Six months ago a routine check-up with my doctor landed me on the scale and I was horrified seeing my weight results. I knew from how my pants were fitting that I’d gained some inches yet I had no idea that I had hit my heaviest weight ever. I moaned to the nurse who kindly told me that women had a tendency to gain weight after menopause and that I looked good. That wasn’t enough for me. I wanted to be lean and fit.
I was a fat kid all the way until I was 19, when one day I woke up and decided I didn’t want to be overweight anymore and set out to lose 40 pounds. So my thing with not wanting to be overweight has hung with me throughout my adult life.
After my visit to the doctor I started researching menopause and weight gain. I learned that while drops in estrogen do have an impact on weight gain, the bottom line is that how much you exercise also impacts how much weight you gain or lose. I was not willing to just settle on being a menopause weight gain statistic. The battle was on!
While I’d faithfully committed to a 3-4 times a week workout regime for 25 years, that frequency was no longer producing the results I wanted. I recognized that I needed to crank up the volume to drop the weight. Thankfully, with the help of my fiance who added 2-3 more workout sessions per week in the form of tennis, I dropped 12 pounds over the summer. And it was fun!
Little did I know that the best was yet to come. Late in the summer I discovered Pure Barre.
Pure Barre is described as ballet meets Pilates, neither of which I’d had much experience with. All of these years I have foolishly believed that my heart rate had to be riding high while I was sweating profusely to get a proper workout. Wrong!
The Pure Barre technique is designed to fatigue your muscles to the point of shaking and then stretch out to achieve long, lean muscles. I’m three months into it now with a changed body. Tomorrow I will complete the 20 classes in 30 days challenge. I am now fitting better in jeans I bought a dozen years ago than I did then. Over the course of the past month I’ve moved from wondering how I will endure the intense back-to-back workouts to realizing it could be my new routine.
Fight for what you want
The lesson I learned here was not to simply accept how life is playing out if it isn’t what you want. We can all change the course of destiny by taking steps to redirect the ship onto another course. Sometimes that might mean trying something completely new, but doesn’t that make the experience of life richer? And if you really want it badly, aren’t you okay with working hard for it?
Late last week I discovered a lump on the back of my 15-year old cat underneath her coat. I was shocked. I pet Sarah many times a day and the lump seemed to come out of nowhere. I’m almost always convinced that everything is going to be fine yet this worried me. I told my fiance what I discovered and he said that he had just noticed the same thing.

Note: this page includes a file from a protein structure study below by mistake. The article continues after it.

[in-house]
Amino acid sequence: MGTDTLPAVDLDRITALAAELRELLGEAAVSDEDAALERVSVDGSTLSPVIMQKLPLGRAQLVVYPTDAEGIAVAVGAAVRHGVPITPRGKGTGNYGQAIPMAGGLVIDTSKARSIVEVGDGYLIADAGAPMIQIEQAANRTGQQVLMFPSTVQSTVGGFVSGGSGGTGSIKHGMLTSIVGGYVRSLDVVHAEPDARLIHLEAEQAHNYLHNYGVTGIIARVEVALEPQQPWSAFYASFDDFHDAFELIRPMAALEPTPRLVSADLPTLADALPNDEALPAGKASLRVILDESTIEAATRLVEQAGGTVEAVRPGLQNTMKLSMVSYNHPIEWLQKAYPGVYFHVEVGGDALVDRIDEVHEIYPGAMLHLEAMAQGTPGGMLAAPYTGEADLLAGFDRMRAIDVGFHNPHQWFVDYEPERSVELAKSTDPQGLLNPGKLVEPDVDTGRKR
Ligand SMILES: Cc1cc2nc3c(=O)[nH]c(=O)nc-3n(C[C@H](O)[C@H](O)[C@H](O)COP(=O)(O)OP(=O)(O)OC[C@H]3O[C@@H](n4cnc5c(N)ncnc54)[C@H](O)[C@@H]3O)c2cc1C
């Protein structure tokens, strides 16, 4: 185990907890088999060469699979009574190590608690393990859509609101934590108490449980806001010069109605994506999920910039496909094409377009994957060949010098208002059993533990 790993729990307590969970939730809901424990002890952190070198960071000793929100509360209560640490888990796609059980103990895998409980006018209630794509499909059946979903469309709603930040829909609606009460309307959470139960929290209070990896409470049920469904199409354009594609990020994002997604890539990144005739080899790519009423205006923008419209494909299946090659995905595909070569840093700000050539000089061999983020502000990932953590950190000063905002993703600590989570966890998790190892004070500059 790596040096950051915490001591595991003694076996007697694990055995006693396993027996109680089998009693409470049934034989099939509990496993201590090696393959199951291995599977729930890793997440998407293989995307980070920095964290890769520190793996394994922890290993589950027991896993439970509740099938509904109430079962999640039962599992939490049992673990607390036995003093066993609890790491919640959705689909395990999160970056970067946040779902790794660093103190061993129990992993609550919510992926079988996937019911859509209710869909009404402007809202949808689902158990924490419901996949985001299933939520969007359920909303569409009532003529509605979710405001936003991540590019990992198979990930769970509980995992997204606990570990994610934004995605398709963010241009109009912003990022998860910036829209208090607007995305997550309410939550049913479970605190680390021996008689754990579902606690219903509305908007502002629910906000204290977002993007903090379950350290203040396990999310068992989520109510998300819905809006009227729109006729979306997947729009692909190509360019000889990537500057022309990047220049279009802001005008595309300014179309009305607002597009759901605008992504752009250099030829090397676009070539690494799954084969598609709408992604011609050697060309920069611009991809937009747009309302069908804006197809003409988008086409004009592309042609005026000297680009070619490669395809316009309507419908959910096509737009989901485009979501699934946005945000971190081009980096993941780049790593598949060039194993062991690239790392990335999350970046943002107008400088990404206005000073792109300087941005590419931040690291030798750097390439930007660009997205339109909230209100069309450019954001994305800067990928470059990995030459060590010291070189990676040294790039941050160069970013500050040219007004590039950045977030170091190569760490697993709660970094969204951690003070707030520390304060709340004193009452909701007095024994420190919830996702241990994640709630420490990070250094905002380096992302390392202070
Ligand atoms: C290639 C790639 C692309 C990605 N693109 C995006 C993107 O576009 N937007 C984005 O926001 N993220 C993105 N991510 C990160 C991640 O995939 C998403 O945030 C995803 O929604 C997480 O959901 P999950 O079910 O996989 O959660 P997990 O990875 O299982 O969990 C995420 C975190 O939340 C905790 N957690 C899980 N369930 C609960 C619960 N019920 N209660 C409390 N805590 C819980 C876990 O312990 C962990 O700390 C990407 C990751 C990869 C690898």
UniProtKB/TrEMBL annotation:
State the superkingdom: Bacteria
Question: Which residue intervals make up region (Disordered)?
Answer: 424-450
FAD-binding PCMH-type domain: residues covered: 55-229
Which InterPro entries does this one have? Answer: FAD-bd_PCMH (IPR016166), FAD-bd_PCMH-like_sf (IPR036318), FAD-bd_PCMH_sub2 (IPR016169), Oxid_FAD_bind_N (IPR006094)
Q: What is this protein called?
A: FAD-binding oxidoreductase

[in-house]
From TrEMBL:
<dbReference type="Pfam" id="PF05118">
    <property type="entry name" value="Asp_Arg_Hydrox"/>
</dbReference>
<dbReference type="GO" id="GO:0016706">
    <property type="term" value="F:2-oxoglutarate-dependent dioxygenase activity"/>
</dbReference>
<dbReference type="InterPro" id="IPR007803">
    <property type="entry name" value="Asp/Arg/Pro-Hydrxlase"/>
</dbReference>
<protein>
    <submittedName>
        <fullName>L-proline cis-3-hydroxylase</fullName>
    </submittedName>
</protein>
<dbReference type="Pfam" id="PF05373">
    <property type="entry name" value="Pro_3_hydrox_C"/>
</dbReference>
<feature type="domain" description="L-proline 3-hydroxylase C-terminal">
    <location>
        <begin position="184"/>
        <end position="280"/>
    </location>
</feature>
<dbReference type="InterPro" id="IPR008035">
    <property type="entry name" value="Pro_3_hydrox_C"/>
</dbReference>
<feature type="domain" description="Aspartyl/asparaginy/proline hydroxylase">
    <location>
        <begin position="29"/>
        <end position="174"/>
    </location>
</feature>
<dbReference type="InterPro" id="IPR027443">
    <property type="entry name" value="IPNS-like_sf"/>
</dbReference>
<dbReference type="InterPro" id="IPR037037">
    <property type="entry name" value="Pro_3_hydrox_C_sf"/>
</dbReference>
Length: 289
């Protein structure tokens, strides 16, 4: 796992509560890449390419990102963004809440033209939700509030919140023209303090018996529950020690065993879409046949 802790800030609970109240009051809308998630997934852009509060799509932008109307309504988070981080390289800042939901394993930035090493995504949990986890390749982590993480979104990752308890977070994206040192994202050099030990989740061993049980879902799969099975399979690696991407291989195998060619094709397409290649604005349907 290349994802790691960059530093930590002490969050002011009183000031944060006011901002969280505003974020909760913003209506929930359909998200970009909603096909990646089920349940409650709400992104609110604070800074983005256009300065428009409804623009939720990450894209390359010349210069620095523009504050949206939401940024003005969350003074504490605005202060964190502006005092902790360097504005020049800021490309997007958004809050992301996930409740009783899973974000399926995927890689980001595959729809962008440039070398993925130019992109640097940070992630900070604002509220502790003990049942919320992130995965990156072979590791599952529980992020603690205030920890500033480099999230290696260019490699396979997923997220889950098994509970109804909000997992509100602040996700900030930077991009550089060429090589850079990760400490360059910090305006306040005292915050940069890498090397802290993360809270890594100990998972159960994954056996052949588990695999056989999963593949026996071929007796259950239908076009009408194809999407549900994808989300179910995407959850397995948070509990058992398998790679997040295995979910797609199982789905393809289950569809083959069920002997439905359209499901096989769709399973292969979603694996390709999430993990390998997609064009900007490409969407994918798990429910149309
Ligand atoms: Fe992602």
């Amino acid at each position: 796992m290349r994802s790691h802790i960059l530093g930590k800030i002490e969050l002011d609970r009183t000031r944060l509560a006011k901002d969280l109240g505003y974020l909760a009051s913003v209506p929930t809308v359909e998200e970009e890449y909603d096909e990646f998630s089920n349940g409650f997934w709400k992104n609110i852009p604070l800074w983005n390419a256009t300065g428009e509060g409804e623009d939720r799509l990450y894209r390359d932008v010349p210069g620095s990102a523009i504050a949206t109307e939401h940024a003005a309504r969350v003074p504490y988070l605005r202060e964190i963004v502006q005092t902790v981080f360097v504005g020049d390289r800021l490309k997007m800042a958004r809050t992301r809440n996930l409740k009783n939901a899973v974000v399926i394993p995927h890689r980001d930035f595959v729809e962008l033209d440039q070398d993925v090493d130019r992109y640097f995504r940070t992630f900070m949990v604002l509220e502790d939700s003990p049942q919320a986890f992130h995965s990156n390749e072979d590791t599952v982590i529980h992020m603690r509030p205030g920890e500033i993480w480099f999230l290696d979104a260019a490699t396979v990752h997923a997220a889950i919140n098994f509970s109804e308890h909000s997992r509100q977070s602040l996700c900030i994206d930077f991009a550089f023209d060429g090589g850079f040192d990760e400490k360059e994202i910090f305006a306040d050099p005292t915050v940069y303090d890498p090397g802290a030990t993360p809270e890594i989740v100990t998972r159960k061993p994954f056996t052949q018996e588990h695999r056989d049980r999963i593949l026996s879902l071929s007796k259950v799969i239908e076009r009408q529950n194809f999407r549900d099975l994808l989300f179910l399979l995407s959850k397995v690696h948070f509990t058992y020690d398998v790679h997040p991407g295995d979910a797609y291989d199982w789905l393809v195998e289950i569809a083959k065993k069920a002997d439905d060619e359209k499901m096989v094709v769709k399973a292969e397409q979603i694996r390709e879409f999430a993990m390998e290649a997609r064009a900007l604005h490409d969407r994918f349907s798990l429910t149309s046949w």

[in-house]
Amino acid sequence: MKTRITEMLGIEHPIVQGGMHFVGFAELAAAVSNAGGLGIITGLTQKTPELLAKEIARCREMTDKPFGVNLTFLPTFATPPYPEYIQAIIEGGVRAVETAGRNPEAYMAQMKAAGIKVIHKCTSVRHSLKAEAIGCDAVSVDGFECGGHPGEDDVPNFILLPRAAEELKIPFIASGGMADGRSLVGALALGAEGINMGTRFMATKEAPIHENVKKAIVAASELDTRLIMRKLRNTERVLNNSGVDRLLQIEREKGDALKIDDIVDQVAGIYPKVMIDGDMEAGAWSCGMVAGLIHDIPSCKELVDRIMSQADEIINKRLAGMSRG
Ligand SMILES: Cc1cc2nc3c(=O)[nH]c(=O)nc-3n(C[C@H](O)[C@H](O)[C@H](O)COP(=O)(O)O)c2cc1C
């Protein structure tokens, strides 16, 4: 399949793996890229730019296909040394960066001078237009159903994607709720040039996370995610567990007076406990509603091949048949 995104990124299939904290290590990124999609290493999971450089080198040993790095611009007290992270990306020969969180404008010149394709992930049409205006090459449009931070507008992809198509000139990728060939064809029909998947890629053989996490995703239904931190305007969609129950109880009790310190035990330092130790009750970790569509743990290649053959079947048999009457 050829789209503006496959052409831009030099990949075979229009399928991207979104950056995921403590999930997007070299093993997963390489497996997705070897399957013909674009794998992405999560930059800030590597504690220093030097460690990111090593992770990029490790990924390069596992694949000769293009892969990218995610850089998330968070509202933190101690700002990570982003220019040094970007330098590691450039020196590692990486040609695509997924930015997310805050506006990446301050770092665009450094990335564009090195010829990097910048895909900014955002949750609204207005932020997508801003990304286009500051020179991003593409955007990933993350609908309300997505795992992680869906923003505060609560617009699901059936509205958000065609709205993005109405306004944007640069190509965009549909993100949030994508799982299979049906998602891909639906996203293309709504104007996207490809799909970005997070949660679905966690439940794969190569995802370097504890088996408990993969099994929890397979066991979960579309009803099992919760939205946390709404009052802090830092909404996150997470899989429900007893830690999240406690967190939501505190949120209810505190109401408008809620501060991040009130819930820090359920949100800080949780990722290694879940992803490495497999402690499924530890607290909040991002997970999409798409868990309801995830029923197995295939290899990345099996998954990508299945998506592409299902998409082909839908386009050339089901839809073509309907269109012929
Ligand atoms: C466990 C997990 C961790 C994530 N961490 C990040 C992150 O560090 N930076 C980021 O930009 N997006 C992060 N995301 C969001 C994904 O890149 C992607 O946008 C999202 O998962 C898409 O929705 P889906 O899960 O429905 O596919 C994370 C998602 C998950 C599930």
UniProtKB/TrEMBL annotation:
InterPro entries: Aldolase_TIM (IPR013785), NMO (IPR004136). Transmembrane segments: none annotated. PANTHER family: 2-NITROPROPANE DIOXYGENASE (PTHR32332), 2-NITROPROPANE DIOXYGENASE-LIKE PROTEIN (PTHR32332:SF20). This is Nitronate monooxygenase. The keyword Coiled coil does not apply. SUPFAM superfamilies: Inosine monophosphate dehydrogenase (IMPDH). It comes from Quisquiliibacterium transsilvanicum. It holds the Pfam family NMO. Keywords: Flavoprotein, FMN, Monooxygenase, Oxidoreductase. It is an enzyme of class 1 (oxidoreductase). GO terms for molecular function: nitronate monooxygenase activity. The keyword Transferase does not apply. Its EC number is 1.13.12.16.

First thing the next morning I brushed Sarah’s coat with my fingers searching for the lump. It was still there but it seemed like the size had subsided. I let that be my reassurance that maybe it was just a bug bite and things were on their way to getting back to normal. I went through this process and thinking for three more days before I reckoned that the lump was still there and I better get it checked out.
This morning Dr. Eva took a sample from Sarah’s lump. Dr. Eva looked at the sample under a microscope and saw that there were many cells in it. My probing enabled me to learn that this meant it probably wasn’t a cyst or an abscess, but probably some kind of abnormal cell growth. The sample is off to a pathologist and I’ll know more in a day or two.
Like I said, I’m usually a very positive thinker yet having gone through the heartbreak of losing my last cat to lymphoma, I couldn’t help thinking about what I would do and feel if the news was not good.
I went about the business of my work for the remainder of the day with thoughts of Sarah flowing in and out of my mind. While considering the worst possible outcome–a malignant cancer–I found myself feeling frantic, like what will I be able to do to fix it–to get her healed?
Somehow later I was led to a different perspective that has given me a sense of peace. It is one that recognizes that Sarah arrived on this planet with her own journey to experience. However her life is to play out is her journey. My job as the person who has loved and cared for her for most of her life is to support her on her journey in all the best possible ways I can.
As someone who believes there is a purpose behind all that happens, I recognize there is a purpose in Sarah’s lump. Whatever happens is not about me and my life, but rather what is being called for her life. And I’m going to be right by her side however she needs my support.
I’ve been thinking about how I can apply this to my relationships with others — less emphasis on trying to make them better in whatever way I think they’d be happier to just giving support to the condition they’re in.
I happened across a news piece online the other day that featured a man who was my boss some twenty years ago. Come to find out he had recently been appointed the CEO of a major LA media organization. I was very happy to learn how my former boss had risen to such heights in his career and reached out to him via LinkedIn to tell him so.
I know this man as being the salt of the earth. And there was something about the period of time that we worked together in a New Hampshire division of a worldwide publishing company that feels like there is a bond there. Most of us were in our early 30’s. We took our jobs seriously yet there was a lot of camaraderie and fun. My boss was beginning to make a name for himself as a magazine publisher and I was his second in command who ran the finances and operations.
I wasn’t surprised that within a few hours my former boss responded with a kind note. I was very happy to hear from him and the way he sought an update made an impact that has lasted.
“What’s your story?” he asked.
While collecting my thoughts to answer his question it struck me that my story is not simply what I am doing today. Rather it is an evolution best described by a few key highlights that has led me to where I am today. Sometimes those highlights have been highs and sometimes they’ve been lows. Being able to now see my story as a journey helps put things in perspective.
I may want to feel more successful in my business today yet I have to acknowledge where I’ve come from to appreciate how much I have accomplished. And if I am able to look at my life as a story I can imagine how I’d like the story to play out and make the appropriate choices. I feel more in control.
What’s your story and how might you like to change it?